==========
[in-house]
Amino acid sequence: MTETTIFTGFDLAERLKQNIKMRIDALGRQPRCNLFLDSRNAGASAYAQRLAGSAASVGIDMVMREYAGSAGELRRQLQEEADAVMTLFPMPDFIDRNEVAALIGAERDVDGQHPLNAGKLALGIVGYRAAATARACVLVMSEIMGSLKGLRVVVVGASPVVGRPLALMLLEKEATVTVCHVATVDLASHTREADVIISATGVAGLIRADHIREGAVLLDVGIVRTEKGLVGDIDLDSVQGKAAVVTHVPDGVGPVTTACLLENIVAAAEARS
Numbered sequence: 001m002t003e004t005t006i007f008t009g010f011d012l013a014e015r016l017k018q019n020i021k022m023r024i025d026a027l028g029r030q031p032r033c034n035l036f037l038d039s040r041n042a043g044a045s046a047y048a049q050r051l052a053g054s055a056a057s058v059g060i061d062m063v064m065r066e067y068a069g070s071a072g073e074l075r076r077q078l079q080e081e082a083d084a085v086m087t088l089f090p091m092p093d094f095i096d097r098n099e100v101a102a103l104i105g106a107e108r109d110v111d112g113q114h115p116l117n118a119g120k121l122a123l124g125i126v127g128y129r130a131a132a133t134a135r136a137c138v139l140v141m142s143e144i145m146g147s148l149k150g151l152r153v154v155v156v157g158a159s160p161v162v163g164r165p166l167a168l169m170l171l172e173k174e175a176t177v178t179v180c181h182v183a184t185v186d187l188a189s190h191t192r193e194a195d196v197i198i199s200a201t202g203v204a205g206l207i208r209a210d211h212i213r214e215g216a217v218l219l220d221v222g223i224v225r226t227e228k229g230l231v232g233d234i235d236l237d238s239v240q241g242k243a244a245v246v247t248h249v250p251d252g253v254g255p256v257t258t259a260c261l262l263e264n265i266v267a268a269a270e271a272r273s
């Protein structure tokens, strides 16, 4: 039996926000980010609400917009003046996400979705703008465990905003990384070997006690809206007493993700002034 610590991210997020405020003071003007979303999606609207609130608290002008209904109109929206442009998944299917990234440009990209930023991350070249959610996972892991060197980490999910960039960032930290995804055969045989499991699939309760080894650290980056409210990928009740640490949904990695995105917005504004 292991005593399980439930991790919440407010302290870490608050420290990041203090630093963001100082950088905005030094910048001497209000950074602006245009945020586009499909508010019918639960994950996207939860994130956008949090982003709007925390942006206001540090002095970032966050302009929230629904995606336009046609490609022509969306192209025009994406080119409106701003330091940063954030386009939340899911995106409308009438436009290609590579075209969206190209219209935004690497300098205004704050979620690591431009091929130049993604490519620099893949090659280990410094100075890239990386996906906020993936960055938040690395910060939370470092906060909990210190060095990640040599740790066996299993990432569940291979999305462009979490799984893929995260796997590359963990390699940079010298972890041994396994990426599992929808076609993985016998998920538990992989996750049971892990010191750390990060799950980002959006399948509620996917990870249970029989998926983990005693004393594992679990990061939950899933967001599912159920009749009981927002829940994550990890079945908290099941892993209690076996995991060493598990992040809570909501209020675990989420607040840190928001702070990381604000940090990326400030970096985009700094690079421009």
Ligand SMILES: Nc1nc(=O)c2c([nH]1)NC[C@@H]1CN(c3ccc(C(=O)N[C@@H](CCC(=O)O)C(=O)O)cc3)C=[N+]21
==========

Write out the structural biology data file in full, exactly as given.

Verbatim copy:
[in-house]
Amino acid sequence: MTETTIFTGFDLAERLKQNIKMRIDALGRQPRCNLFLDSRNAGASAYAQRLAGSAASVGIDMVMREYAGSAGELRRQLQEEADAVMTLFPMPDFIDRNEVAALIGAERDVDGQHPLNAGKLALGIVGYRAAATARACVLVMSEIMGSLKGLRVVVVGASPVVGRPLALMLLEKEATVTVCHVATVDLASHTREADVIISATGVAGLIRADHIREGAVLLDVGIVRTEKGLVGDIDLDSVQGKAAVVTHVPDGVGPVTTACLLENIVAAAEARS
Numbered sequence: 001m002t003e004t005t006i007f008t009g010f011d012l013a014e015r016l017k018q019n020i021k022m023r024i025d026a027l028g029r030q031p032r033c034n035l036f037l038d039s040r041n042a043g044a045s046a047y048a049q050r051l052a053g054s055a056a057s058v059g060i061d062m063v064m065r066e067y068a069g070s071a072g073e074l075r076r077q078l079q080e081e082a083d084a085v086m087t088l089f090p091m092p093d094f095i096d097r098n099e100v101a102a103l104i105g106a107e108r109d110v111d112g113q114h115p116l117n118a119g120k121l122a123l124g125i126v127g128y129r130a131a132a133t134a135r136a137c138v139l140v141m142s143e144i145m146g147s148l149k150g151l152r153v154v155v156v157g158a159s160p161v162v163g164r165p166l167a168l169m170l171l172e173k174e175a176t177v178t179v180c181h182v183a184t185v186d187l188a189s190h191t192r193e194a195d196v197i198i199s200a201t202g203v204a205g206l207i208r209a210d211h212i213r214e215g216a217v218l219l220d221v222g223i224v225r226t227e228k229g230l231v232g233d234i235d236l237d238s239v240q241g242k243a244a245v246v247t248h249v250p251d252g253v254g255p256v257t258t259a260c261l262l263e264n265i266v267a268a269a270e271a272r273s
């Protein structure tokens, strides 16, 4: 039996926000980010609400917009003046996400979705703008465990905003990384070997006690809206007493993700002034 610590991210997020405020003071003007979303999606609207609130608290002008209904109109929206442009998944299917990234440009990209930023991350070249959610996972892991060197980490999910960039960032930290995804055969045989499991699939309760080894650290980056409210990928009740640490949904990695995105917005504004 292991005593399980439930991790919440407010302290870490608050420290990041203090630093963001100082950088905005030094910048001497209000950074602006245009945020586009499909508010019918639960994950996207939860994130956008949090982003709007925390942006206001540090002095970032966050302009929230629904995606336009046609490609022509969306192209025009994406080119409106701003330091940063954030386009939340899911995106409308009438436009290609590579075209969206190209219209935004690497300098205004704050979620690591431009091929130049993604490519620099893949090659280990410094100075890239990386996906906020993936960055938040690395910060939370470092906060909990210190060095990640040599740790066996299993990432569940291979999305462009979490799984893929995260796997590359963990390699940079010298972890041994396994990426599992929808076609993985016998998920538990992989996750049971892990010191750390990060799950980002959006399948509620996917990870249970029989998926983990005693004393594992679990990061939950899933967001599912159920009749009981927002829940994550990890079945908290099941892993209690076996995991060493598990992040809570909501209020675990989420607040840190928001702070990381604000940090990326400030970096985009700094690079421009």
Ligand SMILES: Nc1nc(=O)c2c([nH]1)NC[C@@H]1CN(c3ccc(C(=O)N[C@@H](CCC(=O)O)C(=O)O)cc3)C=[N+]21